Sunday , October 22 2017

Foxtel Go, working on Nexus 7? We’d suggest it does, and should officially.

Foxtel Go on Nexus 7

Just yesterday we shared Foxtel’s announcement that Foxtel Go is now officially supported on the Nexus 5, and confirmed for ourselves that it does indeed work. However, it left us wondering.. the Nexus 5 really isn’t that different inside (software-wise) to the Nexus 7, so why shouldn’t it work on that device as well?

Well, as you can see above, it does.

You see, apart from the different screen size, and slightly different internals, the Nexus 7 runs the exact same software, libraries and whatnot that are on the Nexus 5, so you would think that getting the Nexus 7 certified for use with Foxtel Go mightn’t be too hard. That’s our suggestion to the Foxtel guys: give it a shot, folks, because we were not only able to get Foxtel Go working on the Nexus 7, but it respects all the DRM and permissions issues as well: you can’t take screenshots on device, and tethered screenshots don’t work either. I’m sure there’s other restrictions going on too.

Anyway, until such time as Foxtel do enable support for the Nexus 7, if you’ve got one and you’d like some Foxtel Go action, getting it is really simple. We’ve tested this on the Nexus 7 (2012) and Nexus 7 (2013). The latter was running stock Android KitKat 4.4.2, rooted using SuperSU (and then unrooted, as per the steps below).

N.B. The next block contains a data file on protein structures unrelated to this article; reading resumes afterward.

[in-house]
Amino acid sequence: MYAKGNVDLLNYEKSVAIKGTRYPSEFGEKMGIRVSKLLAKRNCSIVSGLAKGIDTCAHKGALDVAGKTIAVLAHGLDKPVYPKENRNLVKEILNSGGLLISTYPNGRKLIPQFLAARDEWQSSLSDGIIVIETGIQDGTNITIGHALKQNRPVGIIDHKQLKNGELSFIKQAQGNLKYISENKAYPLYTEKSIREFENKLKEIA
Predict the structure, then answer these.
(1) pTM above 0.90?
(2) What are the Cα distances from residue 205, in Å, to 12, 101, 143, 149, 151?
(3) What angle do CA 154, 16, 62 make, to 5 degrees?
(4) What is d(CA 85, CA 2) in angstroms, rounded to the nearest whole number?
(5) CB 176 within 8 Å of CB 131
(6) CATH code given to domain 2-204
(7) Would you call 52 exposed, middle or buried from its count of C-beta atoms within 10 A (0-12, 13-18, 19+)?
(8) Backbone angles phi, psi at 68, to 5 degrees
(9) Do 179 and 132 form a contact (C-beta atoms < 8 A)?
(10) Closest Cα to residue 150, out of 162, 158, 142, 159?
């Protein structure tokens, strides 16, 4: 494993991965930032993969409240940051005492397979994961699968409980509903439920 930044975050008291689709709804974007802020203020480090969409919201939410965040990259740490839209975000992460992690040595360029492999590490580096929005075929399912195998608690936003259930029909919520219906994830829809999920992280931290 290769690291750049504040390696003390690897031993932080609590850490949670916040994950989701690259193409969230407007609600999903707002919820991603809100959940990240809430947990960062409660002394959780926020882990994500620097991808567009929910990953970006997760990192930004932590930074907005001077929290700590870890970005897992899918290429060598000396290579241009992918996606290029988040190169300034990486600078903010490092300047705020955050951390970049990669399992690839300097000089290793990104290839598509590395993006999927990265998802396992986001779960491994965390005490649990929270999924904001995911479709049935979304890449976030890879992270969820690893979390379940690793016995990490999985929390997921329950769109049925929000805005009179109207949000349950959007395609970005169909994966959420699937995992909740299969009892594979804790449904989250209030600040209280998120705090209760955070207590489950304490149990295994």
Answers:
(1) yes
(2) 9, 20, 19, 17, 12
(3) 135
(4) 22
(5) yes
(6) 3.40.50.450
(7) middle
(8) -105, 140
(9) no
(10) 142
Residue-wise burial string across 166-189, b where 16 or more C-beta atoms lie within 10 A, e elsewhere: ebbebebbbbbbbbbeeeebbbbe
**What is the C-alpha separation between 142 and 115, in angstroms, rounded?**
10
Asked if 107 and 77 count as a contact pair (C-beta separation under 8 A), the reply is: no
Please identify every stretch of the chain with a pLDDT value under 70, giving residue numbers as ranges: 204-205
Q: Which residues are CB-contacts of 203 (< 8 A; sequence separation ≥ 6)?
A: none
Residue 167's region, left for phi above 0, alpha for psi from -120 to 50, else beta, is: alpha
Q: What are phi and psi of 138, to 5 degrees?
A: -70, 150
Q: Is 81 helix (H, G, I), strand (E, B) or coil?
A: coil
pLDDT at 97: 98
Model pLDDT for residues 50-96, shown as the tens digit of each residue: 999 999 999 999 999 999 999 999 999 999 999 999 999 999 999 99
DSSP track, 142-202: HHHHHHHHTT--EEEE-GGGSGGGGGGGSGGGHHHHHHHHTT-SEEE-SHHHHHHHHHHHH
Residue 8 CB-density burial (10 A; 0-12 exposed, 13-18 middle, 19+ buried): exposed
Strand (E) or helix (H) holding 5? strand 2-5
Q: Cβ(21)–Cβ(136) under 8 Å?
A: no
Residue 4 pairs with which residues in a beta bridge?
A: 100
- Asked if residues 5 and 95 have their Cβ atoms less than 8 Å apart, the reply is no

You should be able to get it going fairly easily with these instructions (proceed at your own risk):

  1. Make sure your device is rooted. You’ll need this to edit a system file.
  2. Using whatever your favourite tool is (we used FX File Explorer with the Root module enabled), re-mount the /system partition as read/write.
  3. Open up /system/build.prop in a text editor (FX has one of those built-in) and look for a line that says:
    ro.product.model=Nexus 7
  4. Modify that line to read:
    ro.product.model=Nexus 5
  5. Save the file, exit FX (or whatever app you were using) and reboot your Nexus 7.
  6. Whatever root method you’ve used, get rid of it. SuperSU (for example) has a permanent un-root option; you’ll have to use that. Foxtel Go is pretty clever and can detect root, and even temp-unroot, so you’ll need to lose root to access Go. These days, it’s a reasonable compromise — you don’t need root for much.
  7. Once un-rooted, load Foxtel Go, plug in your username and password, and you’re off!

This is the process I followed yesterday, and as you can see from the screen grabs, it works perfectly:

I thought about posting a brief YouTube video as proof that the video plays seamlessly, without any hiccups, but I don’t want to go traipsing across other people’s copyright too badly. Needless to say, Foxtel Go isn’t designed to work on the Nexus 7, so if for some reason it doesn’t work, you’ll be getting no support or sympathy from Foxtel.

Let us know if you manage to get it going on your device, and if you’ve got a different solution to hiding root that works without unrooting, share it for the rest of us to see!

 

Chris Rowland   Editor and Publisher

Chris publishes one of Australia's most popular technology websites, Ausdroid. His interests include mobile (of course), as well as connected technology and how it can make all our lives easier.